On November 14, the Financial Industry Regulatory Authority (FINRA) issued a notice asking for comment (by December 15) on its proposal to establish three rules designed to restrict pay-to-play practices.  The three rules include a pay-to-play prohibition (Rule 2390), a disclosure requirement (Rule 2271), and a recordkeeping requirement (Rule 4580).  The rules largely track the pay-to-play rule of the industry’s federal regulator, the Securities and Exchange Commission (SEC).

If the SEC already has a rule, why is FINRA proposing one, and why now?  In short, because if it does not adopt a rule that satisfies the SEC, its members may not be allowed to be hired by investment advisers to solicit government business.

A little background is in order.  The part of the SEC rule that typically receives the most attention is the rule’s restrictions on providing investment advisory services following a contribution to a government official with responsibility for awarding contracts.  However, the SEC also recognized that there could be a pay-to-play concern if an investment adviser were to hire a third-party to solicit government business on its behalf if the third-party solicitor made political contributions to government officials.  To address this concern, the SEC provided that only certain persons were allowed to act as third party solicitors, including FINRA member broker-dealers—but only if FINRA were to adopt its own pay-to-play prohibition for its members.  The SEC has delayed compliance with this portion of the rule, allowing FINRA time to adopt a pay-to-play prohibition. Which FINRA is now seeking to do.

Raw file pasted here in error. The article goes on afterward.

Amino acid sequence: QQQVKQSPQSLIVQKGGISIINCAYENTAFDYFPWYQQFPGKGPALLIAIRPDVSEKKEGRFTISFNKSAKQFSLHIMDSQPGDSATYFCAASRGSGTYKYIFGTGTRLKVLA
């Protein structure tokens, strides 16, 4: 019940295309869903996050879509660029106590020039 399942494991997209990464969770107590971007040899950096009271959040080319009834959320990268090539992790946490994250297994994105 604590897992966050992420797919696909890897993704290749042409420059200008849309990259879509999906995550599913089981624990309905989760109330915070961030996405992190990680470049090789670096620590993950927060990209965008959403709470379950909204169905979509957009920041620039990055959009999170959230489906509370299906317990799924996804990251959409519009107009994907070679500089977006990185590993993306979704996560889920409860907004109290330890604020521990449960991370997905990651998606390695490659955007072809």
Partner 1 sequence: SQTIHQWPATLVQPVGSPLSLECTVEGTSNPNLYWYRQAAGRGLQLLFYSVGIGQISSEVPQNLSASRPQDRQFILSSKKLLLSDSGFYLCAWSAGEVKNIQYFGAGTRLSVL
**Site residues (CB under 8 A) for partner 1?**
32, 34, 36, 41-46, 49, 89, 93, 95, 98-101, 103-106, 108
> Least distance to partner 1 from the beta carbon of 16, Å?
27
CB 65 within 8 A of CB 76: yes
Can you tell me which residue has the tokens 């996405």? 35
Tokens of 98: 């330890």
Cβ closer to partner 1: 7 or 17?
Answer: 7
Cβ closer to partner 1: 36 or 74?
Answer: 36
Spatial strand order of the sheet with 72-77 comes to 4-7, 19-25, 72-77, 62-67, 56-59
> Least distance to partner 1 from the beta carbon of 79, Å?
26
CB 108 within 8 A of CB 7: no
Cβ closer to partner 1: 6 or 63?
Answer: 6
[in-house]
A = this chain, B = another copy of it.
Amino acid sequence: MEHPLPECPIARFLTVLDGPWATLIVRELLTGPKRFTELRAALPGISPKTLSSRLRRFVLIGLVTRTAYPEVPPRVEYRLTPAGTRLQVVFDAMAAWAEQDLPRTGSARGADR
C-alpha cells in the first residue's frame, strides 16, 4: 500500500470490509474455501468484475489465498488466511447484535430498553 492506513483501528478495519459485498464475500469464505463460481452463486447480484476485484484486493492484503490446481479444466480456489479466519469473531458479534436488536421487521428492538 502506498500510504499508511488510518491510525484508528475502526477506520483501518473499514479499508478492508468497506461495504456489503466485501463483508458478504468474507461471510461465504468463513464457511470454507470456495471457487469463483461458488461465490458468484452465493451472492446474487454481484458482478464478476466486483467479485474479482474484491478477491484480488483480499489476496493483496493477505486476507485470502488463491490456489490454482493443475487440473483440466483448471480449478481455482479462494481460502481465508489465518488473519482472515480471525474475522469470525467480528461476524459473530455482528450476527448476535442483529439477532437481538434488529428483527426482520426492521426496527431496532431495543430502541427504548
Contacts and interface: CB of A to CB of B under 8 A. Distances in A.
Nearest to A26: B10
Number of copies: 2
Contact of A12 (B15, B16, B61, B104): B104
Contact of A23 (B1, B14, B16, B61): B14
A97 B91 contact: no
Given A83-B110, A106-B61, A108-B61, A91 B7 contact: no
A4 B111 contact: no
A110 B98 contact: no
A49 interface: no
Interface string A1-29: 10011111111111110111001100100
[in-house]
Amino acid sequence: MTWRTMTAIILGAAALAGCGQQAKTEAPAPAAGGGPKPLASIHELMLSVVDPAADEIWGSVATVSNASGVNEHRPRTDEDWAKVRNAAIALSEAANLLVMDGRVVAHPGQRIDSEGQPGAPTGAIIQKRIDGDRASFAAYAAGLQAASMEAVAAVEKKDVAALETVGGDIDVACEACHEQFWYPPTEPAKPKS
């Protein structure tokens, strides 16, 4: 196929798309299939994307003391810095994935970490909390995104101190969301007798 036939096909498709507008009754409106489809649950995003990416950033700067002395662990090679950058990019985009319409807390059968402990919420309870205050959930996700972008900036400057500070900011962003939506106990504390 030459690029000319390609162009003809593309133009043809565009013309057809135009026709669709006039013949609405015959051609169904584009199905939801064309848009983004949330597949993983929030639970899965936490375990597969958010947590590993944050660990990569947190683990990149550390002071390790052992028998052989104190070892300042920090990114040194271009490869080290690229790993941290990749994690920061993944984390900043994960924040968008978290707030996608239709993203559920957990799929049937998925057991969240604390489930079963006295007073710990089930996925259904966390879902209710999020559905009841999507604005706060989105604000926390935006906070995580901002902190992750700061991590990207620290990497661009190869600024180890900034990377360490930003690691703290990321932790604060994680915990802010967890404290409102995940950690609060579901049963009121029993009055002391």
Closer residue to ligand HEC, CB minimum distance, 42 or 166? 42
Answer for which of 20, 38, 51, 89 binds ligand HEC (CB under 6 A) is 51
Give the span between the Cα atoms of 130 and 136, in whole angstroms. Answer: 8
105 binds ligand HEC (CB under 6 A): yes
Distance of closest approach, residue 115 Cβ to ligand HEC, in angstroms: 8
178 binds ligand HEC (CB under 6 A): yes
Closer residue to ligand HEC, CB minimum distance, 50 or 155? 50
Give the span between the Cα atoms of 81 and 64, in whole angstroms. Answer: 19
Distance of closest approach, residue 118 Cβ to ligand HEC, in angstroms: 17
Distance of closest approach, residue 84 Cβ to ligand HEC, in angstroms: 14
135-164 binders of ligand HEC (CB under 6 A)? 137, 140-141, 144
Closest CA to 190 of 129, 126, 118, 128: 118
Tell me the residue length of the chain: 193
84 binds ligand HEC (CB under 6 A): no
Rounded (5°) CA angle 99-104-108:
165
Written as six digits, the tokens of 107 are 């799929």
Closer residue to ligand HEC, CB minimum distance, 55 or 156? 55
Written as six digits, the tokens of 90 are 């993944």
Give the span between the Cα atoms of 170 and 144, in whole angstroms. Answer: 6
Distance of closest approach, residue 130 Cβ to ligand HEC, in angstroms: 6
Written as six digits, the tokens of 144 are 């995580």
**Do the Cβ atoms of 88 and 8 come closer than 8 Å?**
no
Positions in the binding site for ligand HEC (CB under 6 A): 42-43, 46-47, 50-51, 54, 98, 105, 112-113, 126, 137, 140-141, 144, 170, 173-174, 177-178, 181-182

Like the SEC rule, FINRA’s pay-to-play prohibition would impose a two-year “time out” on compensated services following a non-de minimis political contribution by a “covered member” (any member, with some exceptions) and includes a similar prohibition on bundling contributions to candidates and parties.  Contributions of up to $350 per official per election (if the contributor is entitled to vote for the candidate) or up to $150 (if not) are considered de minimis and are allowable.  Primary and general elections are considered separate elections for the purpose of this rule.  FINRA’s rule would also include a “look back” of up to two years, requiring FINRA members to screen the political contributions of new hires.

The penalty provisions in the proposed rule would require a covered member to disgorge compensation if it violates the two-year restriction, potentially in addition to other sanctions.

The other two rules, to summarize, require the covered member to make certain disclosures to the government entities they solicit, and to maintain records that will allow FINRA to verify that covered members are complying with the new pay-to-play and disclosure rules.